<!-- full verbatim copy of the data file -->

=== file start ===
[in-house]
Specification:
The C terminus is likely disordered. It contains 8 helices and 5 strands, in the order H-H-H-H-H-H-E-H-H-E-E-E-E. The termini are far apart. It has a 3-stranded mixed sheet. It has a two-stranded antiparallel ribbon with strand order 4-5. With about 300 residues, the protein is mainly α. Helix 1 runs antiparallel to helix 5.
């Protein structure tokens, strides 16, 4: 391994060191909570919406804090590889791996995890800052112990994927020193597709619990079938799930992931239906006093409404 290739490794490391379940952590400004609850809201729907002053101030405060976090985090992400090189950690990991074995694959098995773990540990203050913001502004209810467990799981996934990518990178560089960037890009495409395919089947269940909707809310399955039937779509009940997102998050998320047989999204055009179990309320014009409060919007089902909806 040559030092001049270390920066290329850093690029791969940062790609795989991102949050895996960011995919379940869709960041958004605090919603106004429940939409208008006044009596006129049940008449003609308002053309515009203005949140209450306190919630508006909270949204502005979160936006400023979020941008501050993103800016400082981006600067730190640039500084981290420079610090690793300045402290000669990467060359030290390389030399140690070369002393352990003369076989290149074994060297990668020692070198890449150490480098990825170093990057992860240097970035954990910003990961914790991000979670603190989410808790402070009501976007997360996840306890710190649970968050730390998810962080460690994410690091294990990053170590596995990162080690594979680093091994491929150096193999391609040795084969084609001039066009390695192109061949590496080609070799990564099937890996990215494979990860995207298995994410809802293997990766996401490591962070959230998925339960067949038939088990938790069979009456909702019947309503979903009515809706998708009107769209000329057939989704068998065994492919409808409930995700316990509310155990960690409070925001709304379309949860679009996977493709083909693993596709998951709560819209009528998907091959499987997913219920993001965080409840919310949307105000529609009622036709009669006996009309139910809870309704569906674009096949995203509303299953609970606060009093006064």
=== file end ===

[in-house]
Specification:
The C terminus is likely disordered. It contains 8 helices and 5 strands, in the order H-H-H-H-H-H-E-H-H-E-E-E-E. The termini are far apart. It has a 3-stranded mixed sheet. It has a two-stranded antiparallel ribbon with strand order 4-5. With about 300 residues, the protein is mainly α. Helix 1 runs antiparallel to helix 5.
């Protein structure tokens, strides 16, 4: 391994060191909570919406804090590889791996995890800052112990994927020193597709619990079938799930992931239906006093409404 290739490794490391379940952590400004609850809201729907002053101030405060976090985090992400090189950690990991074995694959098995773990540990203050913001502004209810467990799981996934990518990178560089960037890009495409395919089947269940909707809310399955039937779509009940997102998050998320047989999204055009179990309320014009409060919007089902909806 040559030092001049270390920066290329850093690029791969940062790609795989991102949050895996960011995919379940869709960041958004605090919603106004429940939409208008006044009596006129049940008449003609308002053309515009203005949140209450306190919630508006909270949204502005979160936006400023979020941008501050993103800016400082981006600067730190640039500084981290420079610090690793300045402290000669990467060359030290390389030399140690070369002393352990003369076989290149074994060297990668020692070198890449150490480098990825170093990057992860240097970035954990910003990961914790991000979670603190989410808790402070009501976007997360996840306890710190649970968050730390998810962080460690994410690091294990990053170590596995990162080690594979680093091994491929150096193999391609040795084969084609001039066009390695192109061949590496080609070799990564099937890996990215494979990860995207298995994410809802293997990766996401490591962070959230998925339960067949038939088990938790069979009456909702019947309503979903009515809706998708009107769209000329057939989704068998065994492919409808409930995700316990509310155990960690409070925001709304379309949860679009996977493709083909693993596709998951709560819209009528998907091959499987997913219920993001965080409840919310949307105000529609009622036709009669006996009309139910809870309704569906674009096949995203509303299953609970606060009093006064």